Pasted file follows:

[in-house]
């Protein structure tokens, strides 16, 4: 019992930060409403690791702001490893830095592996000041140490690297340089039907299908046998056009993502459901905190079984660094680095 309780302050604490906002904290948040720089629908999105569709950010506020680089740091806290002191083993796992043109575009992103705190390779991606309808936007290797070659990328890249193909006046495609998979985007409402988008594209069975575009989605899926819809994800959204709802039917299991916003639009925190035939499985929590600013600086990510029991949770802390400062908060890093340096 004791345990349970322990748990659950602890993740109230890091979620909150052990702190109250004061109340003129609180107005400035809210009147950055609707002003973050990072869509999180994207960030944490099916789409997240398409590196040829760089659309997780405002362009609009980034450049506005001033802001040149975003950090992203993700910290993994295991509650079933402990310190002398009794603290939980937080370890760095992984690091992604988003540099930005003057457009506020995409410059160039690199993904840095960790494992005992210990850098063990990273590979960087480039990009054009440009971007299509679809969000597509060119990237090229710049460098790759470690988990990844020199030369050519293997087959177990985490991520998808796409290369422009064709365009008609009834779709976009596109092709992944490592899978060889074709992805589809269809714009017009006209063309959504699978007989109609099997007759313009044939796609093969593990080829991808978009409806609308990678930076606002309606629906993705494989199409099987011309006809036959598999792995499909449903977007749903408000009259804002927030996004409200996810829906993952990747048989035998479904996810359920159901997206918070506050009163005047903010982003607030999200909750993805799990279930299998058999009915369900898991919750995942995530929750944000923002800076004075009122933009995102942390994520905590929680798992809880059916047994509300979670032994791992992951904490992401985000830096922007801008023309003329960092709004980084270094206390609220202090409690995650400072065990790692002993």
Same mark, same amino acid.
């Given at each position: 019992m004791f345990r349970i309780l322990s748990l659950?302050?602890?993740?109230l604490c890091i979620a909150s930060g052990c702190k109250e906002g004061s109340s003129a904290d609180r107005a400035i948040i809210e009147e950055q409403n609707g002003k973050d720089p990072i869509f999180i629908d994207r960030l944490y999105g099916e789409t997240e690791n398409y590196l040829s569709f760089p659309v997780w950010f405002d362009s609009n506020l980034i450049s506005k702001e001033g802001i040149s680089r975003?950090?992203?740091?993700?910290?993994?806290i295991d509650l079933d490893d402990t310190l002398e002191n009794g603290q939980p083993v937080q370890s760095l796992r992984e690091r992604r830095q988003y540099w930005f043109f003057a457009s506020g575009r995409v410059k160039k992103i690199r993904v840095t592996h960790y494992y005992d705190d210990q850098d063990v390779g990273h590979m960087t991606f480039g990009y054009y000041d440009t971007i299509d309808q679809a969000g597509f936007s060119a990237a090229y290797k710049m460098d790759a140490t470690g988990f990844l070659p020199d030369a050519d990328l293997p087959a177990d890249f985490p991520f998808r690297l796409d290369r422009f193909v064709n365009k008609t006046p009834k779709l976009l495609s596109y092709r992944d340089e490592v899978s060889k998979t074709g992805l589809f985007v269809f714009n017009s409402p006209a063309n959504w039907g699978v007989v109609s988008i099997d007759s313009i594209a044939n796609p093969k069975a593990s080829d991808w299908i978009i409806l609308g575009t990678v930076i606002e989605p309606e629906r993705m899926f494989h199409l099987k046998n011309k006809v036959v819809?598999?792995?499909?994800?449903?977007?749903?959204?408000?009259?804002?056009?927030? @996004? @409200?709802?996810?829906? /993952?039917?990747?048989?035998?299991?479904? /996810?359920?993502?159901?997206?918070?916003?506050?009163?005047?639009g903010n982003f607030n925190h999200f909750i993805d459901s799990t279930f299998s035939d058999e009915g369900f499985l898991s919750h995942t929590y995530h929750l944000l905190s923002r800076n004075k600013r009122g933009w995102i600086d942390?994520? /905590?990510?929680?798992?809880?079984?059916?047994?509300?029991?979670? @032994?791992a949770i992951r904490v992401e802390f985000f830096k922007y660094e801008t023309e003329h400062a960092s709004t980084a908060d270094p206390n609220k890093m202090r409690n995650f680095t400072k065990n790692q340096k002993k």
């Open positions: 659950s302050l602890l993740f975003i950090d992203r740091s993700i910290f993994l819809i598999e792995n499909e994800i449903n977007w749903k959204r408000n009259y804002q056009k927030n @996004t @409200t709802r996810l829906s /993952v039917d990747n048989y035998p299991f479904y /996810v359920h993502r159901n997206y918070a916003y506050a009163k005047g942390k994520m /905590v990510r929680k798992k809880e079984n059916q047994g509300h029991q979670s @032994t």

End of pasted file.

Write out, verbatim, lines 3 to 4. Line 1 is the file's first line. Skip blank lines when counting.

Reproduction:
Same mark, same amino acid.
């Given at each position: 019992m004791f345990r349970i309780l322990s748990l659950?302050?602890?993740?109230l604490c890091i979620a909150s930060g052990c702190k109250e906002g004061s109340s003129a904290d609180r107005a400035i948040i809210e009147e950055q409403n609707g002003k973050d720089p990072i869509f999180i629908d994207r960030l944490y999105g099916e789409t997240e690791n398409y590196l040829s569709f760089p659309v997780w950010f405002d362009s609009n506020l980034i450049s506005k702001e001033g802001i040149s680089r975003?950090?992203?740091?993700?910290?993994?806290i295991d509650l079933d490893d402990t310190l002398e002191n009794g603290q939980p083993v937080q370890s760095l796992r992984e690091r992604r830095q988003y540099w930005f043109f003057a457009s506020g575009r995409v410059k160039k992103i690199r993904v840095t592996h960790y494992y005992d705190d210990q850098d063990v390779g990273h590979m960087t991606f480039g990009y054009y000041d440009t971007i299509d309808q679809a969000g597509f936007s060119a990237a090229y290797k710049m460098d790759a140490t470690g988990f990844l070659p020199d030369a050519d990328l293997p087959a177990d890249f985490p991520f998808r690297l796409d290369r422009f193909v064709n365009k008609t006046p009834k779709l976009l495609s596109y092709r992944d340089e490592v899978s060889k998979t074709g992805l589809f985007v269809f714009n017009s409402p006209a063309n959504w039907g699978v007989v109609s988008i099997d007759s313009i594209a044939n796609p093969k069975a593990s080829d991808w299908i978009i409806l609308g575009t990678v930076i606002e989605p309606e629906r993705m899926f494989h199409l099987k046998n011309k006809v036959v819809?598999?792995?499909?994800?449903?977007?749903?959204?408000?009259?804002?056009?927030? @996004? @409200?709802?996810?829906? /993952?039917?990747?048989?035998?299991?479904? /996810?359920?993502?159901?997206?918070?916003?506050?009163?005047?639009g903010n982003f607030n925190h999200f909750i993805d459901s799990t279930f299998s035939d058999e009915g369900f499985l898991s919750h995942t929590y995530h929750l944000l905190s923002r800076n004075k600013r009122g933009w995102i600086d942390?994520? /905590?990510?929680?798992?809880?079984?059916?047994?509300?029991?979670? @032994?791992a949770i992951r904490v992401e802390f985000f830096k922007y660094e801008t023309e003329h400062a960092s709004t980084a908060d270094p206390n609220k890093m202090r409690n995650f680095t400072k065990n790692q340096k002993k």